In an effort to provide yet another outlet for the vast quantities of silver being mined in the western United States, John Adam Kasson proposed a four dollar gold piece, or Stella, which would be struck in a metric alloy containing 10% silver. The Stella was also one in a long line of ultimately futile attempts to create an international monetary unit. Kasson believed that the Stella would be readily accepted in Europe as well as the United States because its value approximated those of the Spanish 20 peseta, Dutch 8 florin, Austrian 8 florin, Italian 20 lire, and French 20 franc.
Enthusiastically responding to Kasson’s proposal, Alexander H. Stephens, Chairman of the Committee of Coinage, Weights, and Measures, requested that the Mint supply Congress with several patterns of Kasson’s proposed Stella. These presentation pieces were struck in gold (allegedly in metric alloy) using a design created by Charles E. Barber. The obverse depicts a head of Liberty facing left with flowing hair and a coronet inscribed LIBERTY. The inscription * 6 * G * .3 * S * .7 * C * 7 * G * R * A * M * S * is around the periphery, and the date 1879 is below. The denomination ONE Stella 400 CENTS is inscribed on a five-pointed star in the center of the reverse. The mottoes E PLURIBUS UNUM and DEO EST GLORIA are around the star, and the legend UNITED STATES OF AMERICA and another rendition of the denomination FOUR DOL. are around the periphery.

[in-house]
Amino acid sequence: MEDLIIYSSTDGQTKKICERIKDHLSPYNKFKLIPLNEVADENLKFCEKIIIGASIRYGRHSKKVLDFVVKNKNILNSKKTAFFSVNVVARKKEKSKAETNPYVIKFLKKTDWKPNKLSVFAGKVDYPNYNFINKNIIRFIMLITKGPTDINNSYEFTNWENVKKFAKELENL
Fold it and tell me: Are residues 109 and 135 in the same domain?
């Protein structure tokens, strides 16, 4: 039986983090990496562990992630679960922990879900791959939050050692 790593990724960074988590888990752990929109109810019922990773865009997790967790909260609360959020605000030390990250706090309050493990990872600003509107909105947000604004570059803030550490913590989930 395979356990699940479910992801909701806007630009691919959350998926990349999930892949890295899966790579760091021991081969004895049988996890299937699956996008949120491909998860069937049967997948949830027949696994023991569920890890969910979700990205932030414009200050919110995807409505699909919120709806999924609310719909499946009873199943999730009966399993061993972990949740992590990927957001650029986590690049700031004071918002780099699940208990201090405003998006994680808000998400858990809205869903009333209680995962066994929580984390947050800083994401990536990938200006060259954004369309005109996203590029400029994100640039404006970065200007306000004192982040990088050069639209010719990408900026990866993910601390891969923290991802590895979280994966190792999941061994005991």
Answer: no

Before producing the 25 gold examples of the 1879 Flowing Hair Stella that were ultimately sent to Congressional leaders, the Mint apparently struck a few coins in other metals as trial pieces. According to USPatterns.com “over a dozen [copper pieces] are believed to be known.” Only a half dozen or so are known in aluminum, and a unique example exists in white metal. All of these coins have reeded edges, and a few have been gilt. Our Long Beach auction features two such pieces — a copper piece in Proof-66 brown and an aluminum example in Proof-67, both graded by PCGS.
1879 Flowing Hair Stella in Aluminum, Judd-1637, PR67
Only a Half Dozen Pieces Believed Known
The copper Stella has lovely subdued iridescence. Although certainly deserving the Brown designation, there is also a significant presence of deep red and blue over each side. The fields are brightly reflective and enliven the deeply patinated surfaces. The aluminum specimen has bright surfaces with the mirrored fields slightly subdued by a light, milky haze. For identification purposes we note three small obverse planchet flaws: in the upper left field below the first 7; in the upper left field to the left of the C; and in the upper right field running from Liberty’s hair to the star between G and R. There are three small dark spots on the reverse: on the right portion of the star; on the denticles at 4 o’clock; and on the denticles between 5 and 6 o’clock. The reverse has a similar planchet flaw in the lower right field below the second A in AMERICA.
These pieces are of the greatest rarity and importance to the pattern collector and should see spirited bidding before the hammer falls in Long Beach.
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